Friday, March 09, 2012

JOHN CARTER: The Film Babble Blog Review

JOHN CARTER (Dir. Andrew Stanton, 2012)

None of the history of Edgar Rice Burroughs’ John Carter of Mars matters to me. I’ve never read the novels or comics, and only just learned the century old background of the character, so I only see this film as another big 3D CGI’ed sci-fi/fantasy spectacle – just another CLASH OF THE TITANS or THOR, this time with a even less appealing hero.

Taylor Kitsch (aptly named), who I’m also new to since I’ve never watched Friday Night Lights, plays that hero - a Confederate Army captain in the Civil War who is transported to Mars (called Barsoom by its inhabitants), where he joins in the planet’s ongoing battles against invading aliens.

Kitsch is imprisoned by tall lanky green creatures with 2 sets of arms called Tharks, who are presented through the motion-capture performances of Willem Dafoe, Samantha Morton, and Thomas Haden Church - though I could hardly differentiate between these creatures that all look the same (sorry if that's racist to Martians).

There are 2 humanoid factions which are at war with each other over Barsoom’s resources – one is from the kingdom of Helium in which its Princess Dejah Thoris (Lynn Collins) is being pressured by her father Tardos Mors, Jeddak of Helium (Ciarán Hinds) to marry the leader of the other faction from the kingdom of Zodanga led by the evil Sab Than (Dominic West from The Wire) in hopes for a truce.

Despite that all of this is covered in lots of lengthy exposition, I couldn’t tell you how another race - the shape shifting Therns - are caught up in this. I got lost in all the talky-ness, finding myself just waiting for more action sequences that involved flying barges reminiscent of Jabba the Hut’s from RETURN OF THE JEDI.

There’s lots of sci-fi similarities to everything that’s ever had “Star” in its title, but even with its legendary pedigree, JOHN CARTER never makes any element its own – I feel like in a few years I’ll be changing the channels and come across it and be like ‘is this Farscape? Battlestar Gallactica? Fringe?’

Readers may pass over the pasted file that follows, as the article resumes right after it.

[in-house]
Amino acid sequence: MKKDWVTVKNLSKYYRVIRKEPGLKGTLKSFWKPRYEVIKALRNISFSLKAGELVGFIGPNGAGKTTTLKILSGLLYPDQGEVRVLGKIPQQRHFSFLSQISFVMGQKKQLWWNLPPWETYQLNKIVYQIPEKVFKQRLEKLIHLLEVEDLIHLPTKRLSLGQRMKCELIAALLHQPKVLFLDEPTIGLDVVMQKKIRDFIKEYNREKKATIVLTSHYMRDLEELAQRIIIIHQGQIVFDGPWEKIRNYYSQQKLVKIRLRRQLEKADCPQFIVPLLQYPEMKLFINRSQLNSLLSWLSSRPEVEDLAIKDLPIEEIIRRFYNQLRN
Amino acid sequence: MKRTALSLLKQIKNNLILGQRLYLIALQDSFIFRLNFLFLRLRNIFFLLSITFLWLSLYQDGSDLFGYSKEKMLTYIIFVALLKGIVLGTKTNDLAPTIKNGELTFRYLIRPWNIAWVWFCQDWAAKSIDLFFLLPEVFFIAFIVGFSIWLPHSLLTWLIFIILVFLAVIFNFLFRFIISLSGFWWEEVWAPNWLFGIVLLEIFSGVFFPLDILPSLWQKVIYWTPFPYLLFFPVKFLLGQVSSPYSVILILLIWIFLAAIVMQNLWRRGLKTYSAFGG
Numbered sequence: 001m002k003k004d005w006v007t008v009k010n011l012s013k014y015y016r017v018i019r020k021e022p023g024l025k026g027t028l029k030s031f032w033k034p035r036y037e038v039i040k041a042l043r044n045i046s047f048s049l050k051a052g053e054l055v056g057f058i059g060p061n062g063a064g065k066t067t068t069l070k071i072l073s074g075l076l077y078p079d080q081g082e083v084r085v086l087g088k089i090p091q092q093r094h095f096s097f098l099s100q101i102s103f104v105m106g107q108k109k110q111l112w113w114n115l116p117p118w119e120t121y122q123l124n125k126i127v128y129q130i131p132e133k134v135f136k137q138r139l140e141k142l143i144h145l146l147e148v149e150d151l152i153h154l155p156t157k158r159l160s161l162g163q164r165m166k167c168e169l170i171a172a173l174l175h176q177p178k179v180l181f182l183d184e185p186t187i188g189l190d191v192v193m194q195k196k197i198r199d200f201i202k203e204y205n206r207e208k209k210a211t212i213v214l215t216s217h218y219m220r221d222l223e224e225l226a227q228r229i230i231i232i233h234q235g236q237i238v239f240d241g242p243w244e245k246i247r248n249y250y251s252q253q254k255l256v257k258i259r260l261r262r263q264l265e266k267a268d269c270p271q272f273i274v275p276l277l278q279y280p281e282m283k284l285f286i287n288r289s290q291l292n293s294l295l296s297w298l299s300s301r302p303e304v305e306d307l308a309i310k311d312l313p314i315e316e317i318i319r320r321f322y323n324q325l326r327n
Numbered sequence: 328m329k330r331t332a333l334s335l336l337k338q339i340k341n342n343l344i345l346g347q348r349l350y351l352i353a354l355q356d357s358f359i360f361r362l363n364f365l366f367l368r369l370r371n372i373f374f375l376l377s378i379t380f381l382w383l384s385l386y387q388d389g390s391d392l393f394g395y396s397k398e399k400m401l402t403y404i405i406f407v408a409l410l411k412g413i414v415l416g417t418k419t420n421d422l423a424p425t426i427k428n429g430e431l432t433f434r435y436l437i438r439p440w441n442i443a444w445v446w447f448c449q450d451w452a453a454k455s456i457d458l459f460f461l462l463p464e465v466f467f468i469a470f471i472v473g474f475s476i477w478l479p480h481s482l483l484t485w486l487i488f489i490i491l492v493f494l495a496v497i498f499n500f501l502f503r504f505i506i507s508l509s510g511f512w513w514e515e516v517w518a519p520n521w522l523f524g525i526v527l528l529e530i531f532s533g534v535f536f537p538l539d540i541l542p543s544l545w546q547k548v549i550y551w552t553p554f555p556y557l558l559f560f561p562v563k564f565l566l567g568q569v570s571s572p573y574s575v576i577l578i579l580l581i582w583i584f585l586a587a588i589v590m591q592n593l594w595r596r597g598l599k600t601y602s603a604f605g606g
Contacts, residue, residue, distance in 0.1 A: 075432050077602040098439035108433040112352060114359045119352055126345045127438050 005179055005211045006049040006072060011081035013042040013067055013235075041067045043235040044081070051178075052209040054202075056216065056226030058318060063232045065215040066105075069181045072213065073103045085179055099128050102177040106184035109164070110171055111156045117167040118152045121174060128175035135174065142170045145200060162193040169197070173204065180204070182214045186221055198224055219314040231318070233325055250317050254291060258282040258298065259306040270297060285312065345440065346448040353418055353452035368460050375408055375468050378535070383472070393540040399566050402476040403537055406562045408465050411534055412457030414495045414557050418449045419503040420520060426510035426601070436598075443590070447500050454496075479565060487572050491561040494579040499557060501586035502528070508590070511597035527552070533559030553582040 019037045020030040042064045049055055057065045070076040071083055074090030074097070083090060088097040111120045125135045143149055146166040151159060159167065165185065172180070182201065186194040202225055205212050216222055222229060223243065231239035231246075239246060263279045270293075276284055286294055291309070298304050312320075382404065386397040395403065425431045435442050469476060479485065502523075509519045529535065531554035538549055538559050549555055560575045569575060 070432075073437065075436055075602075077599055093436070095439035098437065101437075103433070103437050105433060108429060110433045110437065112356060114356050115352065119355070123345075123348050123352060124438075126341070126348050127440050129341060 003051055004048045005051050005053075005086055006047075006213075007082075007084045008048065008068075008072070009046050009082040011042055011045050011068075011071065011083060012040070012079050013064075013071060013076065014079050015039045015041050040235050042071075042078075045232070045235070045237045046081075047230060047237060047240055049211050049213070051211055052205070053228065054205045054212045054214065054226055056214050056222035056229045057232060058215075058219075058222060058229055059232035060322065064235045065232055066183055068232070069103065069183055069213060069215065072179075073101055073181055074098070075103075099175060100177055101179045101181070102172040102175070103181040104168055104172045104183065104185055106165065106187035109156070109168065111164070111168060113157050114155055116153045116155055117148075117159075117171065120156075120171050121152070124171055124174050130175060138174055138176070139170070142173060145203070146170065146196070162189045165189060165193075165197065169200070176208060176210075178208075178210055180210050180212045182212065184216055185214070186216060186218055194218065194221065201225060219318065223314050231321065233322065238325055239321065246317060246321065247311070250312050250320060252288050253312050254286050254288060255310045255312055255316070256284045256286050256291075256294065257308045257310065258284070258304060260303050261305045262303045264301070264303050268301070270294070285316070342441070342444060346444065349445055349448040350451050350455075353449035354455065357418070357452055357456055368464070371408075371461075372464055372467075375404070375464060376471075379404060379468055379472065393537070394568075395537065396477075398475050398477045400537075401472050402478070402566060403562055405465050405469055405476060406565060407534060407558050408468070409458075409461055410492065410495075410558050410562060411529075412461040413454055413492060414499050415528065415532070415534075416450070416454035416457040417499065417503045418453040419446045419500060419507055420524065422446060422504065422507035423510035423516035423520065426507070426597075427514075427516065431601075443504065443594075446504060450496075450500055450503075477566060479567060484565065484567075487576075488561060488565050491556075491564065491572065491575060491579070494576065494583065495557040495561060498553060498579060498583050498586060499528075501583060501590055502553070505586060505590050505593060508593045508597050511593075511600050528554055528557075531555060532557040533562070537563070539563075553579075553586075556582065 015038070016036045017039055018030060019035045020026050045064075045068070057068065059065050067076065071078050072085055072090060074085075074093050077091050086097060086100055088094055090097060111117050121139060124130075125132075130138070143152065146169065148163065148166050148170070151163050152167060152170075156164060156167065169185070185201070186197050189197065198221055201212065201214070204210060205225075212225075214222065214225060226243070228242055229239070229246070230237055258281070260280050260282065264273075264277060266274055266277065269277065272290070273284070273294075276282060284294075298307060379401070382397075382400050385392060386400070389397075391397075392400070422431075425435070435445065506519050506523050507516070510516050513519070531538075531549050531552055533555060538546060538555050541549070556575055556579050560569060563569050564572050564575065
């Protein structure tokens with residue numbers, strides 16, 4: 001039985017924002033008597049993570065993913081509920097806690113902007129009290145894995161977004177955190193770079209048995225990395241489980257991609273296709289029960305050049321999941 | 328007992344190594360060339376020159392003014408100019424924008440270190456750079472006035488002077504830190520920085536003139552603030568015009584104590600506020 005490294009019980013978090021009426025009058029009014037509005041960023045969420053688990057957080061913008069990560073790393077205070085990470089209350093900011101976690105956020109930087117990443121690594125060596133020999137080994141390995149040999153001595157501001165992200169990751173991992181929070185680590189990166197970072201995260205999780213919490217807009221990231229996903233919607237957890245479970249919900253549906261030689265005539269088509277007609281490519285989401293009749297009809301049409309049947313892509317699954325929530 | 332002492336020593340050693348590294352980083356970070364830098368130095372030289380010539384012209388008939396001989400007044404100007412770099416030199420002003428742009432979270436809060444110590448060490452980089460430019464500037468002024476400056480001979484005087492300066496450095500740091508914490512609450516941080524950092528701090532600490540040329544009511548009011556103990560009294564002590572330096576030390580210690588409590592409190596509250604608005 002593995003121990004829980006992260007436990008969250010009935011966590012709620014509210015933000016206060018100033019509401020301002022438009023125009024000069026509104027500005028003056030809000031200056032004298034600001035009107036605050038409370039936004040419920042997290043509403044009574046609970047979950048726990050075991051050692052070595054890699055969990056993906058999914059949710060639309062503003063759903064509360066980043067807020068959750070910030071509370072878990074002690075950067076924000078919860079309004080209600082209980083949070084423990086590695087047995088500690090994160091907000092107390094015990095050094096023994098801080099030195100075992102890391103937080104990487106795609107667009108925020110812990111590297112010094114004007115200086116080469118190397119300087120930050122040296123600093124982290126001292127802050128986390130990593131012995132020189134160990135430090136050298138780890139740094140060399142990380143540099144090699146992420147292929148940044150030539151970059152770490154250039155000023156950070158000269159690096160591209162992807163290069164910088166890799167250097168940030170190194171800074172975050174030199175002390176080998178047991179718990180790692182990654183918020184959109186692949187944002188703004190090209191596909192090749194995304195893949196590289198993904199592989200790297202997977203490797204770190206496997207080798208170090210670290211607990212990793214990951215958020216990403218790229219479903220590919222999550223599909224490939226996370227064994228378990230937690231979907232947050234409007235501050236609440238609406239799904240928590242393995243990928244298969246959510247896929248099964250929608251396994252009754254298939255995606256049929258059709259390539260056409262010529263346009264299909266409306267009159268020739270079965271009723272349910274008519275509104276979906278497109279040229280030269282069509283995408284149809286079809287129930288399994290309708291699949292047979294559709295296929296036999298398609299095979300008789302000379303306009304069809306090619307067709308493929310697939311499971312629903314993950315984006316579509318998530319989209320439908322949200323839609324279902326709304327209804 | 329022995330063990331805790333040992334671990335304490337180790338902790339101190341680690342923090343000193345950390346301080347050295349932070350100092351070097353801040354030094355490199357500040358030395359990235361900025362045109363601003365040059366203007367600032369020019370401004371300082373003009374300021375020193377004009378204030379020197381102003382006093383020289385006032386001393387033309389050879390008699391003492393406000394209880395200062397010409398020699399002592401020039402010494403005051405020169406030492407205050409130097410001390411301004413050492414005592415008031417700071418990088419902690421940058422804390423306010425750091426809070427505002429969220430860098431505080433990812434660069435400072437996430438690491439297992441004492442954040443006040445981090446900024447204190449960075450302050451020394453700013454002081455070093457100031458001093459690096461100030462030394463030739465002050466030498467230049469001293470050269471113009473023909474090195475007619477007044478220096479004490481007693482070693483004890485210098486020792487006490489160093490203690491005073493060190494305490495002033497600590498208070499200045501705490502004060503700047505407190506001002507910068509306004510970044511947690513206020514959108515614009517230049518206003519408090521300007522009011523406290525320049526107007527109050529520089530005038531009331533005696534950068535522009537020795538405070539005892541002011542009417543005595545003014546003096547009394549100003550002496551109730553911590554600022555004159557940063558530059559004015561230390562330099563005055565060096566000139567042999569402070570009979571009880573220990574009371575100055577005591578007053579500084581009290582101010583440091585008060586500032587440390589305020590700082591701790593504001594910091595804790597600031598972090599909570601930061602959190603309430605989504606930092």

The $250 million budget is certainly up on the screen in the overblown chaotic displays of swords and sorcery on the red planet (which resembles the desert planet Tatooine in “Star Wars” more that it does Mars), but I was often disoriented by how cluttered and uninvolving it was, especially through my 3D glasses.

It’s far less impressive a live action debut, than director Stanton’s Pixar partner Brad Bird’s MISSION IMPOSSIBLE: GHOST PROTOCOL last year, and that’s a shame since Stanton has done such excellent work in the animated classics FINDING NEMO and WALL-E.

It’s also off putting that the screenplay by Stanton, Mark Andrews, and Michael Chabon (!) is so dense and impenetrable - I’m sure it’s less so to folks who are previously familiar with this material, but again I can’t speak to that.

As for the romance between Kitsch and Collins, there are no sparks – something that would’ve surely helped up the stakes in the last third – so yet again, no resonance.

I will give credit to the film not being without humor. The Martians (Barsoomians?) calling Kitsch ‘Virginia’ because they misunderstood his intro is amusing, as is a bit with Bryan Cranston as a Civil War colonel back on Earth.

Otherwise, Disney's JOHN CARTER is a film mainly for geeky sci-fi minded kids, and hardcore fantasy fans, but I bet even they will only find it intermittently entertaining.

More later...

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